Real estate listings are traditionally done in either a newspaper or an MLS. The fact that newspapers are used at all can probably serve as indication to you of how archaic the traditional methods are. This has almost been entirely done away with due to newspapers going away.
Everything is digitized nowadays. Nobody wants to have a newspaper thrown at their door every morning, as they do not want to figure out what to do with pound after pound of paper. Particularly when newspapers have to compete with the internet in both volume and frequency.
MLS, or multiple listing services, have adapted much better to the digitization. You can still sign up to get MLS listings sent to you physically, but you can also go and search them out yourself.
The abundance of information technology has also made it so that no MLS is so exclusive that you have to pay to see it. You may, however, have to pay in order to be listed on it.
The Problems with Traditional Methods of Real Estate Listing
So, on the one hand we have the problems of listing homes in the newspaper. This was originally done to get the home listed in front of as many people as possible. But since no one reads newspapers anymore, they no longer serve as a solution to that concern.
And then on the other hand, you have MLS listings. These are still around, but they are harder to get on. And while you can technically find the listings if you look hard enough, they are still not exactly posted up on Facebook like the rest of the information of the world.
How does one go about circumventing the limitations of these listing methods?
Solving the Newspaper Problem
As we mentioned before, listings appearing in newspapers were a product of everyone reading newspapers at the time. The problem that newspaper listings solved was that sellers wanted as many people to see the listings as possible, while buyers needed easy access to them.
Once that accessibility went away, real estate listings had to move. The need to get listings in front of people did not change. Only the medium by which those listings were listed did.
There are two sides to this problem: On one end, you have the sellers. They need people to see the listing. And on the other end you have the buyers. They are the people in question.
If the solution is not obvious already, then we will spell it out for you: The internet solves this problem. Whether it is accessed through a desktop or a smart phone, everyone has a constantly updating newspaper nearby them all the time.
Solving the MLS Problem
In contrast to newspapers, MLS listings are not an equal issue shared between both buyer and seller. The internet allows people to make databases of all sorts of existing real estate listings. But even among these databases, not all real estate listings can be gathered as data points.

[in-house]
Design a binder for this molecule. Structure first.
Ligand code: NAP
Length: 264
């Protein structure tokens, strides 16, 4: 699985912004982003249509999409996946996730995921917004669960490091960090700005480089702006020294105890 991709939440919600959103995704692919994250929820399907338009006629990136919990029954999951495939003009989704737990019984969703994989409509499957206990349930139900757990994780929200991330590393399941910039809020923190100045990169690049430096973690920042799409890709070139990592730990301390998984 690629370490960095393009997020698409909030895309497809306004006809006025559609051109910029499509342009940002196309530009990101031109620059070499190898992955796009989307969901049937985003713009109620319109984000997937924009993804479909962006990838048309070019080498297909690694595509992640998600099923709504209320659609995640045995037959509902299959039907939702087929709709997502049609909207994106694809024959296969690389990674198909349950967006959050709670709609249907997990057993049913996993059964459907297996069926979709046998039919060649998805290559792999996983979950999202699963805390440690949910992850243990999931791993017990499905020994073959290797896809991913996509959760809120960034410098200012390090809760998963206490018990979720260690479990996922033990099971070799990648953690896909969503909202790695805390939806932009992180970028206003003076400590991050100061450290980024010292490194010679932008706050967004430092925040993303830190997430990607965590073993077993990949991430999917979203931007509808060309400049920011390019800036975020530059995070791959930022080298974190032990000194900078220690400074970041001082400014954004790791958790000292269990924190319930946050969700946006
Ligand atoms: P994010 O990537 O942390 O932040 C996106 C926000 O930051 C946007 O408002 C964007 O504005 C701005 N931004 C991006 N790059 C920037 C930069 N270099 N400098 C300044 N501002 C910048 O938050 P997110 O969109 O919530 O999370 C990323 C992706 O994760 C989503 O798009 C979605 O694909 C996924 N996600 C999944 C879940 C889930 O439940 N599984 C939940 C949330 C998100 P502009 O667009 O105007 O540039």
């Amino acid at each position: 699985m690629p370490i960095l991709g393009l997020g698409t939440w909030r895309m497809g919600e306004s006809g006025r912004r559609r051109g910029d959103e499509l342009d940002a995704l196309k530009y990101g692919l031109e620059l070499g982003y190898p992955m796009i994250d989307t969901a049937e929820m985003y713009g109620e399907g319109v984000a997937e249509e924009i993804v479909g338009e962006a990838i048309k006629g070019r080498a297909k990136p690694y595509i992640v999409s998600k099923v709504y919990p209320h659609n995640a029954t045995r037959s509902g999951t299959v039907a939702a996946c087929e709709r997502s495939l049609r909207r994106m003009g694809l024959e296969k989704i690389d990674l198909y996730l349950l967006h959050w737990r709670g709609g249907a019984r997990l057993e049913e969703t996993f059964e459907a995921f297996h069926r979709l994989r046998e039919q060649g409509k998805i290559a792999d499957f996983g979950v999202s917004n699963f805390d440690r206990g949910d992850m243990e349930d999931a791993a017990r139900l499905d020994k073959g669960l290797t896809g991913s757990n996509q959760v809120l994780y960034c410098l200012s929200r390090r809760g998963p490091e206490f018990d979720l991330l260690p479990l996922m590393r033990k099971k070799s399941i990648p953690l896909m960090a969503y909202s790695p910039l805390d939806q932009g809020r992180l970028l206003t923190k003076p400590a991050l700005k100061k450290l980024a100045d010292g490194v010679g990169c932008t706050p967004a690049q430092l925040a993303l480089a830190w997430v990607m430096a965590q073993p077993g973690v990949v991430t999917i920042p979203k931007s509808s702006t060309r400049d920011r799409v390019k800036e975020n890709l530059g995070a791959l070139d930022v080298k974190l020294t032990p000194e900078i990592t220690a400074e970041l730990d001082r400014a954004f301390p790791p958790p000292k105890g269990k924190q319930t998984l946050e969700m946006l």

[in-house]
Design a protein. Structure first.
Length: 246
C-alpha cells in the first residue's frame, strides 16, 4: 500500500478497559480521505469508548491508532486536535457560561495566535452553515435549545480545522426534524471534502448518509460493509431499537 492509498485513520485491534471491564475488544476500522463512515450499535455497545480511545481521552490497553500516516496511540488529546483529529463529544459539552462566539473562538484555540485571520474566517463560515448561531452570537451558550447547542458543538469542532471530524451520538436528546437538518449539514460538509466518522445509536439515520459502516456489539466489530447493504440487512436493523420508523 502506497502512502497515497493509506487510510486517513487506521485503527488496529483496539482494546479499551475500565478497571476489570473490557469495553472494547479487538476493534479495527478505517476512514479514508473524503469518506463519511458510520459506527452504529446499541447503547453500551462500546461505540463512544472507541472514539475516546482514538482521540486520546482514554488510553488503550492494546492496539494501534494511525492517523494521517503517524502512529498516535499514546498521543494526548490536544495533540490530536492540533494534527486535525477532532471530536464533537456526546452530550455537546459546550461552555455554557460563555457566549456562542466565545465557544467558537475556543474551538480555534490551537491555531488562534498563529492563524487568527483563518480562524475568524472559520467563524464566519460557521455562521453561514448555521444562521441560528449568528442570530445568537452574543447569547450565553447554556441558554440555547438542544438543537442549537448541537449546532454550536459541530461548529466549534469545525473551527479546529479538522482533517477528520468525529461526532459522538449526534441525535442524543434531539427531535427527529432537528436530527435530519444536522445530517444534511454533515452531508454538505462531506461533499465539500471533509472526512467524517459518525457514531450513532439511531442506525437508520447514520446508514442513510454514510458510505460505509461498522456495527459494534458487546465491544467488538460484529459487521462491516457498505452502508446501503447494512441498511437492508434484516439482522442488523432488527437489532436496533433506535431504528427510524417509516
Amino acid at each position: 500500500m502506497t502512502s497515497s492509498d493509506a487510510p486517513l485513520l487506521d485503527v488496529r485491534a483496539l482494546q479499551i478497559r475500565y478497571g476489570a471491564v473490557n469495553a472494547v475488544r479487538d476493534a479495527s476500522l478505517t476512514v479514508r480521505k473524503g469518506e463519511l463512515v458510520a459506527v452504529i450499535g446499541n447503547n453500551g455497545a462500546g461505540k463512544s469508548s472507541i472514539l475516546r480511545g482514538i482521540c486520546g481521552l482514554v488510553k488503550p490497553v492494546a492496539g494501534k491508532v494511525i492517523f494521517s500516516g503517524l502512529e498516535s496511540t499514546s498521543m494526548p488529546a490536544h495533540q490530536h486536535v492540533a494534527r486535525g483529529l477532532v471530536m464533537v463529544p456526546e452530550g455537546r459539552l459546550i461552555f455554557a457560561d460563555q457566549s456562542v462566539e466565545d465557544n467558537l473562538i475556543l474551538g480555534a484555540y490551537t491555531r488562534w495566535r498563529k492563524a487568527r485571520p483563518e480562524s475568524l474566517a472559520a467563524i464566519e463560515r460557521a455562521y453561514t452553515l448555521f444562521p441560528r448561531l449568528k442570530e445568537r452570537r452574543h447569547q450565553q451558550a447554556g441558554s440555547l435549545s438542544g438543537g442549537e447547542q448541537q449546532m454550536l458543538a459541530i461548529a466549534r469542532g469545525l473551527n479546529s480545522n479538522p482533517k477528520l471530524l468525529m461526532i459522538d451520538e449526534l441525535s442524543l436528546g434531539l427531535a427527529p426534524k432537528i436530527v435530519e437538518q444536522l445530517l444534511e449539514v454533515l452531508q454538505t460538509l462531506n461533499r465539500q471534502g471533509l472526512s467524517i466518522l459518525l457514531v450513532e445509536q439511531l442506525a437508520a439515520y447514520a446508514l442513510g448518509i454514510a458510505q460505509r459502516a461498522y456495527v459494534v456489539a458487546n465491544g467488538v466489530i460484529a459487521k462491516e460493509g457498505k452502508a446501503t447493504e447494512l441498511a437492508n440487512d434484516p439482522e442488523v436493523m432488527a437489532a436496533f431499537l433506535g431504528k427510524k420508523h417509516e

Imagine you are a buyer, and you pass by a vacant lot. This lot would be perfect for your business. But it does not have a sign indicating who owns it, or whether or not it is for sale. No matter, everything can be sold for the right price. You search for who owns the property.
Google turns up nothing. The usual sites that aggregate listings of real estate turn up nothing. You go to the city zoning office and look up who owns the property. You call their phone number, but they do not pick up. What are they doing with this land? Are they even using it?
Well, they probably are. But what they are probably doing is listing it somewhere that is very hard for you to find. They might even be listing it in another city, state, or country.
That means people can buy it if they find the listing, but they are much more likely to find that listing if they live in that other region. The owner of the property might be doing everything they can to hide this listing from the region the property is actually located in.
As you can tell, a huge advantage is given to the seller when it comes to MLS listings.
Is This Good or Bad?
Ultimately, this is good. Imagine if you are the seller rather than the buyer of this property. There is actually ample reason to sell real estate in a specific region. For instance, your property might be in New York. Yet you don’t want to sell to the New York economy for one reason or another.
The most common reason a person would want to list their property elsewhere is that they only want bids on the property from a better economy. New York might be suffering while somewhere like Texas is booming. You want the Texas money, not the New York money.
There is a potential downside to this: It means that real estate in one area is being given up for money from another area. It is entirely possible for this to open a window that results in money from the first area (New York) to flow to the other (Texas) with no way of flowing back.
This is balanced out by the fact that it is uncommon for this sort of listing to consistently work. Ten New York properties might be listed in Texas, Florida, and California. Each is equally likely to sell to people or businesses in each of those states. Over the grand scheme of things, these equally likely transactions will normalize so that no state is extracting more money than others.
When it comes to real estate listings, every method of listing real estate is a solution to a problem. The issues we discussed today come about when the solution to those problems becomes a problem in itself. This happens to most solutions as progress marches on.
If you want to know how the progress of the mighty real estate industry is going, check with Teifke Real Estate.